FROM JOMON PERIOD TO MODERNITY

Text by: Lucía Rodríguez

Photos by: Lucía Rodríguez and Silvia de la Fuente

Another day as a participant in the Mirai Program starts. As we get on the bus, the guides of the yellow group, Kei-san and Tomoko-san, would explain the schedule for the day, the places we were going to visit, and other interesting data so we could understand better the idiosyncrasy of the Japanese people.

On our third day in Japan we visited the National Museum in the morning, then we had a break to taste some delicious salmon and a variety of salads and desserts at a Japanese restaurant, and after a visit to the Roppongi Hills Observation Deck at Mori Tower, our group divided in two and we got on the bullet train, traveling to Hiroshima and Kyoto respectively.
Tokyo National Museum.

Among the different buildings, sadly we only had time to visit the Honkan, the main gallery. The building itself is worth visiting due to its beautiful architecture, and there you can find pieces from the Jomon times to the Edo period. We saw from delicately embroided kimonos and ancient poetry anthology writings, to impressive Ukiyo-e works that displayed not only natural scenery, but images of the daily life of Japanese people from the 17th century.
We got a bit disappointed because after looking for the noh´s masks for a while, we were informed that they were temporarily out of exhibition (fortunately, we were lucky enough to learn about noh theatre during our visit to Kyoto).

As a side note regarding the cute mascots from the museum, they´re called Touhaku-kun (トーハクくん) and Yurinoki-chan (百合の樹, named after the tulip tree). Touhaku-kun features “Dancing people”(terra-cotta tomb figurine) called haniwa. It struck me I had seen it somewhere, and then I remembered that it appeared in some manga (I remember that in Takahashi Rumiko´s work “Ranma ½”, sometimes, as the characters become disappointed at a certain point, instead of simply turning into stone or appear as frozen figures, they transformed into these haniwa sculptures). It is interesting the influence of ancient pieces like these on pop culture, I really admire how diligently Japan treasures its folklore.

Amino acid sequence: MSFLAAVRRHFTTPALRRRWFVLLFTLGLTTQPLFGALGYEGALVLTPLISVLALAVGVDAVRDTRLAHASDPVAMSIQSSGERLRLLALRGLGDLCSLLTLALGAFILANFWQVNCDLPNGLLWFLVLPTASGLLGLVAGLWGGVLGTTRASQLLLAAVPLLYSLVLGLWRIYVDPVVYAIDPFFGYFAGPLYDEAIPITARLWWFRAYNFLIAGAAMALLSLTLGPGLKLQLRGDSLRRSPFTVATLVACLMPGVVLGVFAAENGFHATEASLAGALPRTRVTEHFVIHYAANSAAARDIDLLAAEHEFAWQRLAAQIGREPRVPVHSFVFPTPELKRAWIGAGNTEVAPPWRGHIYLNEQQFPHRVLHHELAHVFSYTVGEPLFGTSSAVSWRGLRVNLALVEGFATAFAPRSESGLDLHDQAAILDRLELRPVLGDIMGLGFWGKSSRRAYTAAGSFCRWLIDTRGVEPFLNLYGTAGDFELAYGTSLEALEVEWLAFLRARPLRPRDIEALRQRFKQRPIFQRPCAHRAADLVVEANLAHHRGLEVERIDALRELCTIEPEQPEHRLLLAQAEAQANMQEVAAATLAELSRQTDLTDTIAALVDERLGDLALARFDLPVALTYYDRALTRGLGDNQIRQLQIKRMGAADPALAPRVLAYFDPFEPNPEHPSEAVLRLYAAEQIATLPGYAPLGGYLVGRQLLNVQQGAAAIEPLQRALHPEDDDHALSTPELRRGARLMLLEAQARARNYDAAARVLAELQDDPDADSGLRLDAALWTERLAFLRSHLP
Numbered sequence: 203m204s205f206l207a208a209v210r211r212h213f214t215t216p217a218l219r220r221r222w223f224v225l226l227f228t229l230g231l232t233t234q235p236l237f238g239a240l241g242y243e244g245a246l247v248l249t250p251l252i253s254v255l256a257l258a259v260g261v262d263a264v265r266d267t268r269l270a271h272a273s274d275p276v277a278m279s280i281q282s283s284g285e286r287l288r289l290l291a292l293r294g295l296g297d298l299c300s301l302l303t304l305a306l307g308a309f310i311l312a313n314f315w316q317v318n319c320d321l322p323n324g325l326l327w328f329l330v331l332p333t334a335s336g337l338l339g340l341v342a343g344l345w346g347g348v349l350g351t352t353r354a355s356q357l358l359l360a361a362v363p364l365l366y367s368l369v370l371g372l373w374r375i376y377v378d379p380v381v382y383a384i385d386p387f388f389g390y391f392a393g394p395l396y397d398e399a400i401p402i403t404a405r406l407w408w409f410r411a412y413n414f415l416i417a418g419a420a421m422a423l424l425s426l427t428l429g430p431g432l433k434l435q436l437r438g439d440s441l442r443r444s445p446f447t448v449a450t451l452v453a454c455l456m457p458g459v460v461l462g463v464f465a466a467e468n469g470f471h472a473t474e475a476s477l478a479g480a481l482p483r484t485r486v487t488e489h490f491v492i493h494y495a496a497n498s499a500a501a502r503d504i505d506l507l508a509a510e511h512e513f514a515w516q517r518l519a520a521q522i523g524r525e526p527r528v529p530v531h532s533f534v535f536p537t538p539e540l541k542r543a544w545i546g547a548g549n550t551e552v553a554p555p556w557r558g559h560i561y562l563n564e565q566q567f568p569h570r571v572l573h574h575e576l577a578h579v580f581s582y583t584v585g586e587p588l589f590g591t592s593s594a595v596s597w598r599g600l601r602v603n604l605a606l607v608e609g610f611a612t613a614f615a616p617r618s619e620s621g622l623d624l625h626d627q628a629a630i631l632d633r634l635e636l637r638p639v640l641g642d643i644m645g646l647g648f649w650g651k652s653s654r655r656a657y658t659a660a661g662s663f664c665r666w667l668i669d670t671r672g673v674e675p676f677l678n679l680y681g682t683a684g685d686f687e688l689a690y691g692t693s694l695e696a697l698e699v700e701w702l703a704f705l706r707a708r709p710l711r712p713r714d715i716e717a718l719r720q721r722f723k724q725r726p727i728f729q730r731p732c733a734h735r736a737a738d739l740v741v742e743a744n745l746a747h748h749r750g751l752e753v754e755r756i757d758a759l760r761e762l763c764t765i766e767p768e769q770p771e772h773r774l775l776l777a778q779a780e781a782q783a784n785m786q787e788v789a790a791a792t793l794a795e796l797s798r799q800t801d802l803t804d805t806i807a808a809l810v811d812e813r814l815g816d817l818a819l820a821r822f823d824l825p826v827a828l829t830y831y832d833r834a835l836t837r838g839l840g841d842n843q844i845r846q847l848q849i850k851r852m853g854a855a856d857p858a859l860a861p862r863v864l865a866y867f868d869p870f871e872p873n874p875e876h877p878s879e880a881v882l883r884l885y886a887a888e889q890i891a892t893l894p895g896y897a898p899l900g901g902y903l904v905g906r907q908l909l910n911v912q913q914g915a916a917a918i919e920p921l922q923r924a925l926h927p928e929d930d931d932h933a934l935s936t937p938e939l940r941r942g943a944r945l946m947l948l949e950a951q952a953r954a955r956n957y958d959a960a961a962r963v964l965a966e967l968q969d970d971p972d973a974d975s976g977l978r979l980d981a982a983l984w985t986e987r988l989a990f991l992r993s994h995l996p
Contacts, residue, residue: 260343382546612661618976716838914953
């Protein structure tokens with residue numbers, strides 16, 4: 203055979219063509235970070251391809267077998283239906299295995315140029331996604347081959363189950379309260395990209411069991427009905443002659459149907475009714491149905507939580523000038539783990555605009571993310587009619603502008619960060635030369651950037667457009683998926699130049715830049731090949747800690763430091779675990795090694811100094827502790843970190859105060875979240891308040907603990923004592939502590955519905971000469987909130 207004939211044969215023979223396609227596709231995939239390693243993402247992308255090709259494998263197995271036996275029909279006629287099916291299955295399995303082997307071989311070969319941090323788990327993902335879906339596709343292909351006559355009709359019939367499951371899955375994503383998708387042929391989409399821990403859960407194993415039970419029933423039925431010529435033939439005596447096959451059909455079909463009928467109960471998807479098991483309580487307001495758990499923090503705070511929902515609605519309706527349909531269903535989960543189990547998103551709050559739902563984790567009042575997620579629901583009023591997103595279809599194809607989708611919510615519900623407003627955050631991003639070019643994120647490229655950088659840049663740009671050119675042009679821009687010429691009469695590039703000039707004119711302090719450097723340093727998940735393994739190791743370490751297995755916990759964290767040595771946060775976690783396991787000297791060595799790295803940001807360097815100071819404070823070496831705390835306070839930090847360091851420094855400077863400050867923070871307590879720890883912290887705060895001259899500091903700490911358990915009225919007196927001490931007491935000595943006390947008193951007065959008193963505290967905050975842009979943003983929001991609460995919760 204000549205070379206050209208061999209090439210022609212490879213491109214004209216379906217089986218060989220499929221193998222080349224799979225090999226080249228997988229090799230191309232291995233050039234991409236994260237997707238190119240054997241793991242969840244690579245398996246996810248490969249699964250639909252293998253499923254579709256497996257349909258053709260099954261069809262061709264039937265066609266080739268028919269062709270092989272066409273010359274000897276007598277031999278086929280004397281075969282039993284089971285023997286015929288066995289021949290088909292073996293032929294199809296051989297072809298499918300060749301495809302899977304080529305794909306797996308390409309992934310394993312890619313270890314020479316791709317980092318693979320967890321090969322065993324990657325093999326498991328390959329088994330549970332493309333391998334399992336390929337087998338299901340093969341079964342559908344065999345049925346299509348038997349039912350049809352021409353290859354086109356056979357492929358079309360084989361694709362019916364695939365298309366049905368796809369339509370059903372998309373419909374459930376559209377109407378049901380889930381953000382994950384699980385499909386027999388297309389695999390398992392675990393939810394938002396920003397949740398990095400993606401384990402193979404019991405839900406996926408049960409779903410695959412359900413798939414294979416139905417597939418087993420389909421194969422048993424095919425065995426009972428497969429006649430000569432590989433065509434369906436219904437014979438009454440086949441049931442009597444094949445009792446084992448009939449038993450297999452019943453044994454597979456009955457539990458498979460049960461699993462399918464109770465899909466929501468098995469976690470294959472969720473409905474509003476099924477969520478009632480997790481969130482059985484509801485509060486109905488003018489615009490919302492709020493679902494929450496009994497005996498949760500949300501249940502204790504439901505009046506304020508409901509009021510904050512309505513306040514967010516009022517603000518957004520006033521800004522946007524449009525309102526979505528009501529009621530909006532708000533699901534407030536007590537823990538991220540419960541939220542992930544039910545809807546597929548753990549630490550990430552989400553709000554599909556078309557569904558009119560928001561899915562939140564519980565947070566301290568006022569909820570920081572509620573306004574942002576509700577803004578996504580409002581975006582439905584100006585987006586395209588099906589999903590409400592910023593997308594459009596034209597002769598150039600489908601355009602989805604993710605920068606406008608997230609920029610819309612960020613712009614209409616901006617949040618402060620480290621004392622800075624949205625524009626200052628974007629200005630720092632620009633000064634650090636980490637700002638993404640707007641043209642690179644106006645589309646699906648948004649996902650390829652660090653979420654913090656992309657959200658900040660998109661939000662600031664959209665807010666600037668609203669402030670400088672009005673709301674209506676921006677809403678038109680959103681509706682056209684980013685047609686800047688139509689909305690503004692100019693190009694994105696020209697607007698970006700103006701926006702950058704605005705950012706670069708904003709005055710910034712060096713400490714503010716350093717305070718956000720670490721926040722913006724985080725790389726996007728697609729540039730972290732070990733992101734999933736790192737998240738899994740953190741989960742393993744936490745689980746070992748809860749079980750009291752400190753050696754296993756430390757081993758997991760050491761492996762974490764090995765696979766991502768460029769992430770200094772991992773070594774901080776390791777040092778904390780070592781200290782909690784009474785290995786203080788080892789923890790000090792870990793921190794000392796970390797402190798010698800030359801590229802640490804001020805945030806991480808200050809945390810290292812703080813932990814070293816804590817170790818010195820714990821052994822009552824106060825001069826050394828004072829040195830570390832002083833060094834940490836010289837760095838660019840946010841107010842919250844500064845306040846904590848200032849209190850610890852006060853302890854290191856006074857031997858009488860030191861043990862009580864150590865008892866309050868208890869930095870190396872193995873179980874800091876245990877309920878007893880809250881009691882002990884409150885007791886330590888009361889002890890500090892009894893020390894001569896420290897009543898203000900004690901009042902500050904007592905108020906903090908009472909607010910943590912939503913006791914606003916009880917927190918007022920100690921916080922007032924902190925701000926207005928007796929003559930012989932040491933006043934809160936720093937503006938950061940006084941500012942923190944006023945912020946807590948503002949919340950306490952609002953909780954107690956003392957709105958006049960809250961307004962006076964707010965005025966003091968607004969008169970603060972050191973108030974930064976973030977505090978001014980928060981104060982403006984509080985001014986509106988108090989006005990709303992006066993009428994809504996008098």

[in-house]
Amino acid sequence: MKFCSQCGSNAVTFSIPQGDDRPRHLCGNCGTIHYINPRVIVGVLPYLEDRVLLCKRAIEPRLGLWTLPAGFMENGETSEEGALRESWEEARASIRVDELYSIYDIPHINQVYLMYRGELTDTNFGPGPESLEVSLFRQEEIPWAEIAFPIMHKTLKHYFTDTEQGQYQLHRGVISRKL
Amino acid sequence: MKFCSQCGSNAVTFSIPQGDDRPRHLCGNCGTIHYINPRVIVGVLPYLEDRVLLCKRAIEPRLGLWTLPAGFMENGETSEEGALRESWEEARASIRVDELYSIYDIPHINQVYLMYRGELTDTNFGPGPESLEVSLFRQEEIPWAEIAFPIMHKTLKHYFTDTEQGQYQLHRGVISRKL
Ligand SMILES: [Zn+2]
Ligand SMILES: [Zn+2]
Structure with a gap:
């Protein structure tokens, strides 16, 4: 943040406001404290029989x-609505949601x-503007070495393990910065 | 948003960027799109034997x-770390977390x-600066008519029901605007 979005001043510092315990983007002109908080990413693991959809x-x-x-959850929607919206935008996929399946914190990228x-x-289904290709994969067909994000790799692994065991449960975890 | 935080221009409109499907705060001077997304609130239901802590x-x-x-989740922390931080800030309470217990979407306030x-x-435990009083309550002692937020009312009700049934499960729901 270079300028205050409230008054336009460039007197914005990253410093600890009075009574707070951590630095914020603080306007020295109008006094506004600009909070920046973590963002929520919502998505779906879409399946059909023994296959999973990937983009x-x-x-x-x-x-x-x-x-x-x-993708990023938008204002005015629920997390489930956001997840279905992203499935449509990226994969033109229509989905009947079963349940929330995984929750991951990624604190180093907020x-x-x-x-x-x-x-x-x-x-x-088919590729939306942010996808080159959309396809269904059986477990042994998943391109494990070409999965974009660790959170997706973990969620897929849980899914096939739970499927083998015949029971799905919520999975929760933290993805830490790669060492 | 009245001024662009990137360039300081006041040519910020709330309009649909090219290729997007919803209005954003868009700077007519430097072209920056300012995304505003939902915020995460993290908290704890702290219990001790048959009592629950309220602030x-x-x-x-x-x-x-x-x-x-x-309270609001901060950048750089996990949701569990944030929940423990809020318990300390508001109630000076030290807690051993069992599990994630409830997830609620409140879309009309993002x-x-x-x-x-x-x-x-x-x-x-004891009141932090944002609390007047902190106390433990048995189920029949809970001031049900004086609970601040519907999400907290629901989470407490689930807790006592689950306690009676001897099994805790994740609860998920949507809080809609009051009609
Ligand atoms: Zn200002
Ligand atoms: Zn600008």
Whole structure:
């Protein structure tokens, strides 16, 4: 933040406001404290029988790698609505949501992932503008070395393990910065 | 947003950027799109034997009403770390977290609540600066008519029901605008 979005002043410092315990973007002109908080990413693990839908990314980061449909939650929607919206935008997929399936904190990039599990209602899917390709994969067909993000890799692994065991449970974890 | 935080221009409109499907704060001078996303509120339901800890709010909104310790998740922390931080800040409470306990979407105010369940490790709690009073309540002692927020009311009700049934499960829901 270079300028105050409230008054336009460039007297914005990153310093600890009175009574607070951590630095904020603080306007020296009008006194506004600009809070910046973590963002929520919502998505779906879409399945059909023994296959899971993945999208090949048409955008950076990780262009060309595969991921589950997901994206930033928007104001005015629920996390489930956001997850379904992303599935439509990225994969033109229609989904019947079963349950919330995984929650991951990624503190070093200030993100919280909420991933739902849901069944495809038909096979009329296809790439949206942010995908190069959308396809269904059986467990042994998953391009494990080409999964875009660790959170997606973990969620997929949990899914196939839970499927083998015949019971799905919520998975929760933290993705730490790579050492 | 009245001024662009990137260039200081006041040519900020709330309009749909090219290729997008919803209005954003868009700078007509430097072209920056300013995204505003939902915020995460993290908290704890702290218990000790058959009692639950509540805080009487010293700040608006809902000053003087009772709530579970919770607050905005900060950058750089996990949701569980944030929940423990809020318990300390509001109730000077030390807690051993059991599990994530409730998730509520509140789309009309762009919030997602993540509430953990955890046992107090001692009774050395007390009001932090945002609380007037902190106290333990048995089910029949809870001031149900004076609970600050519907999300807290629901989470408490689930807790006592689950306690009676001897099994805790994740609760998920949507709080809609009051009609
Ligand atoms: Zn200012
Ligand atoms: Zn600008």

Another curious detail I learnt from Japan is that they give importance to their mascots (some neighborhoods in Tokyo have one, as Ueno has its panda, the kappa of Asakusa´s Kappabashi street…). The Tokyo National Museum mascots even had their merchandising available at the museum shop: keychains, pins, cookies with their shape… and in some products not only these adorable characters images were displayed, they even contained some sort of bibliographic card with their names, hobbies, and such.

Even if it is not directly related to the visit itself, I have to mention that we were lucky enough to enjoy the colour change in the foliage, called kouyou (紅葉), which made the scenery stunning even though it was at its final stage. In Japan, every season has its appeal, and autumn is a great time to visit the country. I was really keen on experiencing the momijigari (紅葉狩), literally “autumn-leaf hunting”, and after having a taste of it, I am determined to plan my next trip to Japan in this season to fully enjoy it.

Here´s a link to the National Museum webpage in English so you can explore it´s buildings and learn about the outstanding pieces of cultural property and intangible heritage it contains.
http://www.tnm.jp/?lang=en
Roppongi Hills.

That day, after lunch, we visited the Roppongi Hills Observation Deck. There, on the 52nd floor, we enjoyed the indoors observation deck, which offered a great view of Tokyo´s skyline, astonishing despite the fog.
Afterwards, on the 53rd floor, we had the chance to take a glimpse to some contemporary artworks displayed at the Mori art museum and “play” with many of the interactive pieces exhibited, such as the “ghost classroom”.
Then, we went to the rooftop, where we were impressed by the vastness of the city of Tokyo, which reaches far and wide to the horizon.

Around five pm we got on the Shinkansen (the bullet train, I cannot remember whether it was a Nozomi or a Hikari) and about two and a half hours later, after traveling the roughly 500 kilometers of distance between Tokyo and Kyoto, we reached Kyoto. It was already dark when we arrived, so we had dinner at a buffet near the station, where I was finally able to eat some tasty Japanese curry, and then we went back to the hotel to get some rest after and exhausting yet exciting day.

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